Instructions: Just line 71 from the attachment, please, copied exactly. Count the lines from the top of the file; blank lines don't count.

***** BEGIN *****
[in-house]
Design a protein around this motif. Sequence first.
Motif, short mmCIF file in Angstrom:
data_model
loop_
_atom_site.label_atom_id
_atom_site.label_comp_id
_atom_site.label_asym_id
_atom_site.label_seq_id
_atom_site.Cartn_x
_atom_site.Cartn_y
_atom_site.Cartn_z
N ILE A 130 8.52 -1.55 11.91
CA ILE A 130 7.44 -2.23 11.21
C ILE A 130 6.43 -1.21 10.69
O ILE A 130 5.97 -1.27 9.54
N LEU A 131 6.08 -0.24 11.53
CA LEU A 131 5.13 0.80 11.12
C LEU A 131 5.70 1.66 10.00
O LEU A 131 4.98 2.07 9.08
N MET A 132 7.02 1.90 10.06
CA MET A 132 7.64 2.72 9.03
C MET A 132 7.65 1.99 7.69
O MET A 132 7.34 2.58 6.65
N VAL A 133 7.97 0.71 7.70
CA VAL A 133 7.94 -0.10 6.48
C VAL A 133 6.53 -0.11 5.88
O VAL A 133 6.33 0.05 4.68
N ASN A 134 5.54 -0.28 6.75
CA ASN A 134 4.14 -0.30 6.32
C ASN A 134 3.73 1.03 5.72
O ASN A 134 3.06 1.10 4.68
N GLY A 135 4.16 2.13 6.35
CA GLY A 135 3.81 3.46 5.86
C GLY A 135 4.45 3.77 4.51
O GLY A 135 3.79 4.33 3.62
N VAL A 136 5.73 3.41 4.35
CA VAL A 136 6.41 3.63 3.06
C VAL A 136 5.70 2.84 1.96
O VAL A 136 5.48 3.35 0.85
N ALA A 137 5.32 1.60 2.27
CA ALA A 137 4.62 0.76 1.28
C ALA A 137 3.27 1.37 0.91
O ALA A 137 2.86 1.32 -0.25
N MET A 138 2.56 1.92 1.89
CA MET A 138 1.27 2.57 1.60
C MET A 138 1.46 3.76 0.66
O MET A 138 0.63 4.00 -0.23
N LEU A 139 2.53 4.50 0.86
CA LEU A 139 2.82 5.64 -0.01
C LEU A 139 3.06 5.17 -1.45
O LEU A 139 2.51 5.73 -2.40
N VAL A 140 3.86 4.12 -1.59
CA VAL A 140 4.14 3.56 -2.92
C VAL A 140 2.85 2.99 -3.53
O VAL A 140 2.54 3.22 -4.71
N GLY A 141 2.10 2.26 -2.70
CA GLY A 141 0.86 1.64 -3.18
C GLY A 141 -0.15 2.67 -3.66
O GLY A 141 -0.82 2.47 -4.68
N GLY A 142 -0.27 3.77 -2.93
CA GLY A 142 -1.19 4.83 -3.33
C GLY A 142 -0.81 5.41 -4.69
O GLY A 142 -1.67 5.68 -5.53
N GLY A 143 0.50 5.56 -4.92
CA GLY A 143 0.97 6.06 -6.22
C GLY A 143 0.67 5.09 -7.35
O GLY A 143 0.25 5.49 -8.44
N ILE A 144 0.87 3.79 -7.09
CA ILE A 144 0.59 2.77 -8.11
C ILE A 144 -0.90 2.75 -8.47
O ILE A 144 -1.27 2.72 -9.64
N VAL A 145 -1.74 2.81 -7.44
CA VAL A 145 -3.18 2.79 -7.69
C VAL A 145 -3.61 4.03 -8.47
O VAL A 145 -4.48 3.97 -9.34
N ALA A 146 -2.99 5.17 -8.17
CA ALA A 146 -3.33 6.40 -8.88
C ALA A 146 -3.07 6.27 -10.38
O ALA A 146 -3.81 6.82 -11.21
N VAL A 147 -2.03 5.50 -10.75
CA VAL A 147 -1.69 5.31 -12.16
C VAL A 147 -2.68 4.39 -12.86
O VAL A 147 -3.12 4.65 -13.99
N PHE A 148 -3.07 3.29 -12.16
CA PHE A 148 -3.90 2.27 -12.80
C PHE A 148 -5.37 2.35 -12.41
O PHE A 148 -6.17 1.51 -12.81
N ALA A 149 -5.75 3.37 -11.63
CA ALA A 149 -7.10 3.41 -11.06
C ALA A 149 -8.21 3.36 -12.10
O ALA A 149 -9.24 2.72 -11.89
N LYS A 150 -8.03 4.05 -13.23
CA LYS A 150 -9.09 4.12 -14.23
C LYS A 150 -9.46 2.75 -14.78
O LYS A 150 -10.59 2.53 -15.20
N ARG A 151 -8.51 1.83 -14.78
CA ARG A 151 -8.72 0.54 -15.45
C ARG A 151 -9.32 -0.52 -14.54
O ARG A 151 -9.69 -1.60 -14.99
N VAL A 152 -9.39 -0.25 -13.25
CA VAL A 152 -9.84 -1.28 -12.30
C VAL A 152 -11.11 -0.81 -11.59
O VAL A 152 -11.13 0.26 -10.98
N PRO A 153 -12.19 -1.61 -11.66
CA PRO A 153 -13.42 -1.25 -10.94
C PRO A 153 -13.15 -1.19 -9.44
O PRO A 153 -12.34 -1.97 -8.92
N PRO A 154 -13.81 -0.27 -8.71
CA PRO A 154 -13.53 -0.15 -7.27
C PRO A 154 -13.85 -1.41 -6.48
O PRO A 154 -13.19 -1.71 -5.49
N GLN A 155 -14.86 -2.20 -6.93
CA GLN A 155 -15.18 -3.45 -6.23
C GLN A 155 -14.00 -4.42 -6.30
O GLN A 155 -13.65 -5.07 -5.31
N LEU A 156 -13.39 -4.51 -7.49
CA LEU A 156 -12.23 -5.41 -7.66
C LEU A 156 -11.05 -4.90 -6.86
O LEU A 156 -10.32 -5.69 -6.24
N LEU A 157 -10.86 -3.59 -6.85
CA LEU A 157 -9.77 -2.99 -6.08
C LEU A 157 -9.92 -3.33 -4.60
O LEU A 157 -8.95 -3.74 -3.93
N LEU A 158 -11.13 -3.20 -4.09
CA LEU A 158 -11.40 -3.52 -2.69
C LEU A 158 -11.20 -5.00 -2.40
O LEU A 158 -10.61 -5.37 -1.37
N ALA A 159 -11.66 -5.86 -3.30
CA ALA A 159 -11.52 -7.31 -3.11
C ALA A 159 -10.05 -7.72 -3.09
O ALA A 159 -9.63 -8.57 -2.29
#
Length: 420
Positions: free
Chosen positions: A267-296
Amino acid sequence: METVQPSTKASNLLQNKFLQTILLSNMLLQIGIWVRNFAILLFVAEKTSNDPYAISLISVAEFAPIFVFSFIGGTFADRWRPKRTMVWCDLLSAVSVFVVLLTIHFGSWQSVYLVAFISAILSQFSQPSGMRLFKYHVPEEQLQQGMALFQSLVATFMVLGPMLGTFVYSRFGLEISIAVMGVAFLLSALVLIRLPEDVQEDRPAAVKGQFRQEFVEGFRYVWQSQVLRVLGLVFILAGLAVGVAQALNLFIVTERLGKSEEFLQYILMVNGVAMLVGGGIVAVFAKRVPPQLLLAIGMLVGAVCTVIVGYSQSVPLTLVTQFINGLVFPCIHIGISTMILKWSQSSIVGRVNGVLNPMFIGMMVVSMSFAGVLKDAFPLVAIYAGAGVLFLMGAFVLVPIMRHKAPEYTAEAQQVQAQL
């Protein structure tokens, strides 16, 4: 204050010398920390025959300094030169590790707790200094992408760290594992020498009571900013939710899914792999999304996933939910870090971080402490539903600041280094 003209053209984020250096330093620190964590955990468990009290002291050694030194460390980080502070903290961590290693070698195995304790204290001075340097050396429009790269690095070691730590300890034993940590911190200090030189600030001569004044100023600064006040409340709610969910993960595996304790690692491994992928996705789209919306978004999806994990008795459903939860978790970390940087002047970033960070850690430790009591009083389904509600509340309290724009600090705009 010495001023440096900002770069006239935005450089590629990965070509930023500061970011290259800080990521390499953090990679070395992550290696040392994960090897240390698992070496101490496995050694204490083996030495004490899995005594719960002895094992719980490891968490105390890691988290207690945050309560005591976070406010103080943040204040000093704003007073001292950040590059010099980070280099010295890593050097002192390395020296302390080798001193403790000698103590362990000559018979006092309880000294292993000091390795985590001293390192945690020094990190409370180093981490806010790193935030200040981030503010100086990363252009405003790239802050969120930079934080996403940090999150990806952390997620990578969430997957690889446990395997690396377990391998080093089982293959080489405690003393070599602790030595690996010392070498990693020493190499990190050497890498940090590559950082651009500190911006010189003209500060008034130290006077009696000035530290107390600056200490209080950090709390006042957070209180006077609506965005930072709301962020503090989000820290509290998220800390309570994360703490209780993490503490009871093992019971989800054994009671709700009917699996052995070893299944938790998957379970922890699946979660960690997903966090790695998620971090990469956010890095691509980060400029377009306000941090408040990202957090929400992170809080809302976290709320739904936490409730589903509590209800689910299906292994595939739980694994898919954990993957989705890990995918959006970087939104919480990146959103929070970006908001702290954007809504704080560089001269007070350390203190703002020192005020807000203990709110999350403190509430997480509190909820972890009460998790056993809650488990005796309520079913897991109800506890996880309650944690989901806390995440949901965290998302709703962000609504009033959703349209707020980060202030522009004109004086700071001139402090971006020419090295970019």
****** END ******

C ILE A 144 -0.90 2.75 -8.47